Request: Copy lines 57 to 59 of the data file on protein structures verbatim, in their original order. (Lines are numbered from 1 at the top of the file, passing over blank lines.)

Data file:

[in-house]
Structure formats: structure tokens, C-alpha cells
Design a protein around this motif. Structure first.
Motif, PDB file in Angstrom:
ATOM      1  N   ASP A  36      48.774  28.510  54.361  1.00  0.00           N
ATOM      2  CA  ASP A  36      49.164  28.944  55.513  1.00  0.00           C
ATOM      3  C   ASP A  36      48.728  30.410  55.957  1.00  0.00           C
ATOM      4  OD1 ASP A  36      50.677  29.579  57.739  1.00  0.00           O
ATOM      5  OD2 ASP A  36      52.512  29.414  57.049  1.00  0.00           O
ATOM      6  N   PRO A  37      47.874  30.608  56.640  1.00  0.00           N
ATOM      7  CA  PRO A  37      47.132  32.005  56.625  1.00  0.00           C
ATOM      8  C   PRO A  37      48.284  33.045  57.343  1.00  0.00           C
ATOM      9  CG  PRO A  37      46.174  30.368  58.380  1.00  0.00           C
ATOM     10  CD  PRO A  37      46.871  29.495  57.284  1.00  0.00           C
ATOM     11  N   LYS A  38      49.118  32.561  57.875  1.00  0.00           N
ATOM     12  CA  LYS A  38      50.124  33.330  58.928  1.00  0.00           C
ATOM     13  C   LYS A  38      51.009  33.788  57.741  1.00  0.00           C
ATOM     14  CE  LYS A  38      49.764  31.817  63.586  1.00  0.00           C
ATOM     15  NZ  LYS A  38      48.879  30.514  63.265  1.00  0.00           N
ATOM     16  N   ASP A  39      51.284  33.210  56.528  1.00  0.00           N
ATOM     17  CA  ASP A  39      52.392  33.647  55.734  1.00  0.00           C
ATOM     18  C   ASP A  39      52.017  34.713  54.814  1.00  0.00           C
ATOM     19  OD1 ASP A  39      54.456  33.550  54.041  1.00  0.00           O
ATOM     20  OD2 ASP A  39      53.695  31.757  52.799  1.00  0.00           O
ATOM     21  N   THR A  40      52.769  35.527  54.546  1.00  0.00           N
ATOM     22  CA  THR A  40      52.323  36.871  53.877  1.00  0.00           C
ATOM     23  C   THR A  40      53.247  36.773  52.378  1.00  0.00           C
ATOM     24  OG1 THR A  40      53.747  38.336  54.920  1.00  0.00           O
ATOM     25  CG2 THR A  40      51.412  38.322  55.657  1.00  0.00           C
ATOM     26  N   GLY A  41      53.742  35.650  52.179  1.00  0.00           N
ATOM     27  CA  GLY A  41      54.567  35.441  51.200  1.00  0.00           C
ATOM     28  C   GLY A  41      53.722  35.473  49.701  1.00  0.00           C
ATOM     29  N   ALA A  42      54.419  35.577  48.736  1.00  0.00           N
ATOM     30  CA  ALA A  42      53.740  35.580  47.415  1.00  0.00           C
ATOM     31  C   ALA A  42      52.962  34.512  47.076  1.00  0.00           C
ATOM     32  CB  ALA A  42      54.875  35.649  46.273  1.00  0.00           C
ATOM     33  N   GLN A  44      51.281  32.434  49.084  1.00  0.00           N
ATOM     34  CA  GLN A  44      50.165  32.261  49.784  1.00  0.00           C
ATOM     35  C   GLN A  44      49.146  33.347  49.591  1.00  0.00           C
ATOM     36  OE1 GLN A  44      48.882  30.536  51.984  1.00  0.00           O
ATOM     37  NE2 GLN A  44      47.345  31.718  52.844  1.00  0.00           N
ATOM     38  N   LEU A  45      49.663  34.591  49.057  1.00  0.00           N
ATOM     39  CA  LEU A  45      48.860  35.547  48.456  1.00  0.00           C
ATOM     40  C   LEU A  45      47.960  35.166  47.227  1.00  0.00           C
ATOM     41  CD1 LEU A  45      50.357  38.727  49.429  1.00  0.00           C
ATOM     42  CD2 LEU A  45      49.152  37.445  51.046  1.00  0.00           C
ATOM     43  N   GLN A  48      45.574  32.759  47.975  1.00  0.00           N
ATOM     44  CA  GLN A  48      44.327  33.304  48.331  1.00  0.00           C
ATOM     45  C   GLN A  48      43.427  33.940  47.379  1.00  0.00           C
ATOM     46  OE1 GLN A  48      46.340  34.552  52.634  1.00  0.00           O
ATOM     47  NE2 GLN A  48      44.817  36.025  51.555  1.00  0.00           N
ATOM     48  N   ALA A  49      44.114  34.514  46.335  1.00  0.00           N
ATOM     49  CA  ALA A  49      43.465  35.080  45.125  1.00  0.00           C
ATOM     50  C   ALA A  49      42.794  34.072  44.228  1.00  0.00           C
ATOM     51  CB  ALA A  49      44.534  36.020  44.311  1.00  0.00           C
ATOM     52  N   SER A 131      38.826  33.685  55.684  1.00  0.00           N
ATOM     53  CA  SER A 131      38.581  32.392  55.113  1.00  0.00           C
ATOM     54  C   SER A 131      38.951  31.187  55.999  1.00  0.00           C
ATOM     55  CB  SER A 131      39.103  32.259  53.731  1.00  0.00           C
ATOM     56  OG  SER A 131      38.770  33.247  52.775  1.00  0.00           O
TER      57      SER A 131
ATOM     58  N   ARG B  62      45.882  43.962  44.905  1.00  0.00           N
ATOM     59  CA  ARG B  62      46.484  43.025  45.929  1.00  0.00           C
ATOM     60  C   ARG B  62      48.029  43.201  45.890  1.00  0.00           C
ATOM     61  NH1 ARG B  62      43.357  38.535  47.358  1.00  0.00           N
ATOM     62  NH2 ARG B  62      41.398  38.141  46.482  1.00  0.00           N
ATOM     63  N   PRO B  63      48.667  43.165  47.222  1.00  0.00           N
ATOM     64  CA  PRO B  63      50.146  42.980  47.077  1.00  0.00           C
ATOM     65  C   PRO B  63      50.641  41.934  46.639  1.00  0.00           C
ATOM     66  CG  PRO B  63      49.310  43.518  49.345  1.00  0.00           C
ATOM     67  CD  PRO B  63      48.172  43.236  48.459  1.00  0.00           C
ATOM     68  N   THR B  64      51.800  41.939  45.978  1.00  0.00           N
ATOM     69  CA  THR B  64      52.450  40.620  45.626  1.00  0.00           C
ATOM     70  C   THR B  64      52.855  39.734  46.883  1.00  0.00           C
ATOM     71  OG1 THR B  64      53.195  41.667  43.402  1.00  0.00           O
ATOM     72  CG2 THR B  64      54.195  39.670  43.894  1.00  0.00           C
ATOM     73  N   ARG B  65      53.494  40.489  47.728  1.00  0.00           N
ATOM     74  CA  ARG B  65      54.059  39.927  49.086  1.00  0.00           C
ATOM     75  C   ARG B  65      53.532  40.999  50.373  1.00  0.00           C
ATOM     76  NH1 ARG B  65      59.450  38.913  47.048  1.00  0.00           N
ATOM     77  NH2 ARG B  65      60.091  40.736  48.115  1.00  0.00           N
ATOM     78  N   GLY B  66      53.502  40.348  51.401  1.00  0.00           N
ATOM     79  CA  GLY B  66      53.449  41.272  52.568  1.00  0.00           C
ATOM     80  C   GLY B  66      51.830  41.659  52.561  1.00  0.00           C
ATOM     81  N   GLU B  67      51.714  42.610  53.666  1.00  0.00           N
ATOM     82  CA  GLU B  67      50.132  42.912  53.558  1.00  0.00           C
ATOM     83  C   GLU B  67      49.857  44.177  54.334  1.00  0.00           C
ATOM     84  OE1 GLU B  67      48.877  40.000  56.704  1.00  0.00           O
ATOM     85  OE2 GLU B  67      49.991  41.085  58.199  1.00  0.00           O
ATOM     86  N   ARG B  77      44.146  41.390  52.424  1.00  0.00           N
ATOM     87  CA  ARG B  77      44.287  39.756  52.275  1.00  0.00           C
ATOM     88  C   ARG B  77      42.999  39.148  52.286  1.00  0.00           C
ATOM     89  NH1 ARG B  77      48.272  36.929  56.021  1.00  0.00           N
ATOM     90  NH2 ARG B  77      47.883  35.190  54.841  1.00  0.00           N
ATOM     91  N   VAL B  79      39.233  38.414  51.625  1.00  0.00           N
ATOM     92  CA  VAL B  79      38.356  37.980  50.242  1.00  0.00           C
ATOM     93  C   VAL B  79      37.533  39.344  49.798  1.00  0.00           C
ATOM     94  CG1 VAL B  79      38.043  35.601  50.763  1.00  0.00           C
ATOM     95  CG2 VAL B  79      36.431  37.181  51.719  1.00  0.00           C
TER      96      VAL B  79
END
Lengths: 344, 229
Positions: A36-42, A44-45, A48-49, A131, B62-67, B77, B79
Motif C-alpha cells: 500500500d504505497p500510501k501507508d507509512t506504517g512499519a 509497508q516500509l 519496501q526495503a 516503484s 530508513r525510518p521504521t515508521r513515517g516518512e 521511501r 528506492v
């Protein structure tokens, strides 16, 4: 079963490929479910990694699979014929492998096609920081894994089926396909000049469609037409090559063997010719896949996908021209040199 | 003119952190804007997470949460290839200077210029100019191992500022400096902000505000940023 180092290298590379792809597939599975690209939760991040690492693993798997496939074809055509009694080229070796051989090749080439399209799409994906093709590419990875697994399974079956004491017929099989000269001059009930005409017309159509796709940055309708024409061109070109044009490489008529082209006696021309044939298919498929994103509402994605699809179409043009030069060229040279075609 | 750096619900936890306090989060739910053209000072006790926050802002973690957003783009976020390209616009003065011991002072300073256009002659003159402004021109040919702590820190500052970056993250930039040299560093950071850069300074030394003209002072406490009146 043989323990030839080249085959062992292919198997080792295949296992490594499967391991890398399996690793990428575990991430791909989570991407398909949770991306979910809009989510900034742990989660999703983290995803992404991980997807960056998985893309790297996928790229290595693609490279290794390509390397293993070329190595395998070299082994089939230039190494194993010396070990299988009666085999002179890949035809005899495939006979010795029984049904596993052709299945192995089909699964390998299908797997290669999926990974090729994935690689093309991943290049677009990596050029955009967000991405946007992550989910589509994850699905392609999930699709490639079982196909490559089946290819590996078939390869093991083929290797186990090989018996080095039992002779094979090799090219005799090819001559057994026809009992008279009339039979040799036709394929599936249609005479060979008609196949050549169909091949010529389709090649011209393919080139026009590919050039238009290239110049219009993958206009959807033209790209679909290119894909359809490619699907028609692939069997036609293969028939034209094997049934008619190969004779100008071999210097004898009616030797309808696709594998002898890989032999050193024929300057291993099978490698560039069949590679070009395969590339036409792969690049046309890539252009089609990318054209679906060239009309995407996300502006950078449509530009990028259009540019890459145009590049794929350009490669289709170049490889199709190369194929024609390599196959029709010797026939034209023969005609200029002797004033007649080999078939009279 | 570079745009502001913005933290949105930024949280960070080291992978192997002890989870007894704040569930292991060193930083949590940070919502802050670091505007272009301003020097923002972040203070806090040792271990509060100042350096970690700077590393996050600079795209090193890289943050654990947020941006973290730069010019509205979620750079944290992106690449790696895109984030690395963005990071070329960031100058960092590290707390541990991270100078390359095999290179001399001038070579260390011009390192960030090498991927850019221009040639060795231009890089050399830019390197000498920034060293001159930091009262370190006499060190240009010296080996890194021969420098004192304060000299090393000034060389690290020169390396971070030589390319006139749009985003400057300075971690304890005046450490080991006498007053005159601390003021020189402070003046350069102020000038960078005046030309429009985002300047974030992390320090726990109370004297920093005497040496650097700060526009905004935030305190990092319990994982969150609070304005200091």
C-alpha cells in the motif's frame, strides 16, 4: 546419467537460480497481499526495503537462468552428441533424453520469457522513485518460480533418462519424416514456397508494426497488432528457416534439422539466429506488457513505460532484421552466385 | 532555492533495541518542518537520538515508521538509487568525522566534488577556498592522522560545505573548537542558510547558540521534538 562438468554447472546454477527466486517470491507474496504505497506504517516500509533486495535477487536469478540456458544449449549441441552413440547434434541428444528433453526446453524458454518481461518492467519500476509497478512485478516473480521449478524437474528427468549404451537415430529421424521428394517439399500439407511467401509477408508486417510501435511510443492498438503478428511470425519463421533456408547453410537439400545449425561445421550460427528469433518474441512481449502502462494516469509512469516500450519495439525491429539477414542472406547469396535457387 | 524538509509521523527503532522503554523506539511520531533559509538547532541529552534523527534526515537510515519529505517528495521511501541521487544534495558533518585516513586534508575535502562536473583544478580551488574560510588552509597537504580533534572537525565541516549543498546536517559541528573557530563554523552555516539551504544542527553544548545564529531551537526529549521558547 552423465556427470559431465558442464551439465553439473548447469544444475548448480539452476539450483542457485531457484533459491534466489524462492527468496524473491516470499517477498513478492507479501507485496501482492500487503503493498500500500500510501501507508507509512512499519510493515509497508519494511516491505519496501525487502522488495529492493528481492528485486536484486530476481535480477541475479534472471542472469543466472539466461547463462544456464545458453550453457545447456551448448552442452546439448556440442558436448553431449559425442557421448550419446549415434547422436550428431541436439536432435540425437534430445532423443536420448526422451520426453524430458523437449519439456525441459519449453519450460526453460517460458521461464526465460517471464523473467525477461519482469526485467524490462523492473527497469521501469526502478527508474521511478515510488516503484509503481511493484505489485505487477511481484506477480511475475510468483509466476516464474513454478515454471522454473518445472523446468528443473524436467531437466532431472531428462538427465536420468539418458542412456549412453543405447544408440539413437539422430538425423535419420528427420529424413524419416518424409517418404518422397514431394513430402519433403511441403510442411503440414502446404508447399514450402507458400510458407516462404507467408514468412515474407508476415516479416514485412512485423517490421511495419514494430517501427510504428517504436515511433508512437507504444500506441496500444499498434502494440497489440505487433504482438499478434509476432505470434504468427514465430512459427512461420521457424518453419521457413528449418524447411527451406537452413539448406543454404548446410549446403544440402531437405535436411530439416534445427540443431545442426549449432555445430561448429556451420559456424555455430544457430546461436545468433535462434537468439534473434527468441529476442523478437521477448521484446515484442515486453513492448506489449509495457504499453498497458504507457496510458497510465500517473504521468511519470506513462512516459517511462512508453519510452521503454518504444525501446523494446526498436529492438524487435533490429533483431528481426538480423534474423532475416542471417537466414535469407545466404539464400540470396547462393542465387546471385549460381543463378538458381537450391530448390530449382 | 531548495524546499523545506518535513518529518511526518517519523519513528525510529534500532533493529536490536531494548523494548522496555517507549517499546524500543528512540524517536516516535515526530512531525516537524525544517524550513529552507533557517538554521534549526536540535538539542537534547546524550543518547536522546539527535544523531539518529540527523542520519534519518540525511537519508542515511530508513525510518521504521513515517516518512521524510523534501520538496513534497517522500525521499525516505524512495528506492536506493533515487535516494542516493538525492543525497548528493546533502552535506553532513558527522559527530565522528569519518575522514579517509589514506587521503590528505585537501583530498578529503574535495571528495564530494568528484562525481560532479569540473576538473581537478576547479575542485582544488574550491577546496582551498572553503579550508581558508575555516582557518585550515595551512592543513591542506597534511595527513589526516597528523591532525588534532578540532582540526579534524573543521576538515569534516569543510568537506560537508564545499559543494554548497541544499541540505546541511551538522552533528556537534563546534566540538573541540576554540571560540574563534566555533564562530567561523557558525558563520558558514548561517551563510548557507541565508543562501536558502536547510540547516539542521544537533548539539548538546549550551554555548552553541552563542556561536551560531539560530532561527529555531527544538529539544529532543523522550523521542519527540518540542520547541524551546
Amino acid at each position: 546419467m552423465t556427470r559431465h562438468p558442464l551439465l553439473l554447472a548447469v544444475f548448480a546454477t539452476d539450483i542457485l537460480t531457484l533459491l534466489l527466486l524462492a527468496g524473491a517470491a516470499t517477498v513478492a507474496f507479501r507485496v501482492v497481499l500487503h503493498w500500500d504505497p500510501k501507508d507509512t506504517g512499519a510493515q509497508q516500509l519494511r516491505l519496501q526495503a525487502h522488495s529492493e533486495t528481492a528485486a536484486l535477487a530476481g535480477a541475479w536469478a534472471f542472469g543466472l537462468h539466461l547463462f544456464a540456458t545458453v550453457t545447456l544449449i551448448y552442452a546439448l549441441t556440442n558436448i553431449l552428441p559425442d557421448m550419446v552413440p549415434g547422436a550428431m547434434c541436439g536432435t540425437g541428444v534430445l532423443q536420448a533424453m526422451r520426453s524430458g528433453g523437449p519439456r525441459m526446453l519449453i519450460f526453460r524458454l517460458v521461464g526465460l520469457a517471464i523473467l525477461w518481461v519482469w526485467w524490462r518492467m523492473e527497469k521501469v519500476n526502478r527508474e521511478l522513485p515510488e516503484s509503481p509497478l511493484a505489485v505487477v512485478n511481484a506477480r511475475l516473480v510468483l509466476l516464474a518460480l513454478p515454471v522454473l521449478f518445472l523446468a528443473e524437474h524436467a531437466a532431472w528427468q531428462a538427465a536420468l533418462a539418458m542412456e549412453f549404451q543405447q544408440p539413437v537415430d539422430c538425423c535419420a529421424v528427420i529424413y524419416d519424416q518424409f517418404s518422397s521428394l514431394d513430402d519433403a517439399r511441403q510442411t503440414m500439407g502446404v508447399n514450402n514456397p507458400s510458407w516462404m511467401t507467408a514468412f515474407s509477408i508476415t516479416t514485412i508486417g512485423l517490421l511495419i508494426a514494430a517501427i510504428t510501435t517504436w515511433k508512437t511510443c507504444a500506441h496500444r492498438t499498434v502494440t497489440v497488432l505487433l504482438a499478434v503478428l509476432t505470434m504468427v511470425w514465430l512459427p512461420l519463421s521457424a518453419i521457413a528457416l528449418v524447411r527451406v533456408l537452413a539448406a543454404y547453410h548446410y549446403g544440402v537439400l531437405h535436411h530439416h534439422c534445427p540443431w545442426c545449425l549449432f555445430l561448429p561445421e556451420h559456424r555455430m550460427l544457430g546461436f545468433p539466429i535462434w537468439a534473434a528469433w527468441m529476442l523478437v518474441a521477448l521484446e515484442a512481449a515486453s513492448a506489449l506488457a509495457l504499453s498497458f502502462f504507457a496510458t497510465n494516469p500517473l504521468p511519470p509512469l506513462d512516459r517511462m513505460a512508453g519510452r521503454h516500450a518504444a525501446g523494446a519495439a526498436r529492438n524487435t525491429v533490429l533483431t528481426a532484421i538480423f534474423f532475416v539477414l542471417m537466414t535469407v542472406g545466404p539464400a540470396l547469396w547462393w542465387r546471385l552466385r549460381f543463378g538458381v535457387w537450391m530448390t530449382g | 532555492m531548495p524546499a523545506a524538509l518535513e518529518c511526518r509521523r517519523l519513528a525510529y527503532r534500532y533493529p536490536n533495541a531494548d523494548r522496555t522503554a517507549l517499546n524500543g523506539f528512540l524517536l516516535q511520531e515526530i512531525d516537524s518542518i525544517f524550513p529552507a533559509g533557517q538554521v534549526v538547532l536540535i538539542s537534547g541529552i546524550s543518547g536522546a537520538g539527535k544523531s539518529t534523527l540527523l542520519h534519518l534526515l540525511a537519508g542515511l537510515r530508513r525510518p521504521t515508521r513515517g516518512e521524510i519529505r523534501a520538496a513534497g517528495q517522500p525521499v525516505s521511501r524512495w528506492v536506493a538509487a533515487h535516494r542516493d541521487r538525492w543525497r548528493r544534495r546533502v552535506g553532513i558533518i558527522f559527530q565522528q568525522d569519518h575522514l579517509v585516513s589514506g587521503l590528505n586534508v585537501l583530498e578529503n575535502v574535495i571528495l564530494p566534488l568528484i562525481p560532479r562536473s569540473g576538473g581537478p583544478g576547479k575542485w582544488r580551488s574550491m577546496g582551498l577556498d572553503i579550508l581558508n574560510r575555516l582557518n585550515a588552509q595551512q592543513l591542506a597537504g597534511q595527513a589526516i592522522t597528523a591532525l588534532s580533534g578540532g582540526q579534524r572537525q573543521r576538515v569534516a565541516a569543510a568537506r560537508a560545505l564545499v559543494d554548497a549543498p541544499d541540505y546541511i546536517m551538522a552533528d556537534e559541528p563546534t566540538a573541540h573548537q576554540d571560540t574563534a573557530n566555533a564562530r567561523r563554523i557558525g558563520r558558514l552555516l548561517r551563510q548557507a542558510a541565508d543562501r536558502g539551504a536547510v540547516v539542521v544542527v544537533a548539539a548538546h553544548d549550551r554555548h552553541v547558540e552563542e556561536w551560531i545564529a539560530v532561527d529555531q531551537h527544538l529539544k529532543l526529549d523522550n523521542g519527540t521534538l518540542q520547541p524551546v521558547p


ATOM     53  CA  SER A 131      38.581  32.392  55.113  1.00  0.00           C
ATOM     54  C   SER A 131      38.951  31.187  55.999  1.00  0.00           C
ATOM     55  CB  SER A 131      39.103  32.259  53.731  1.00  0.00           C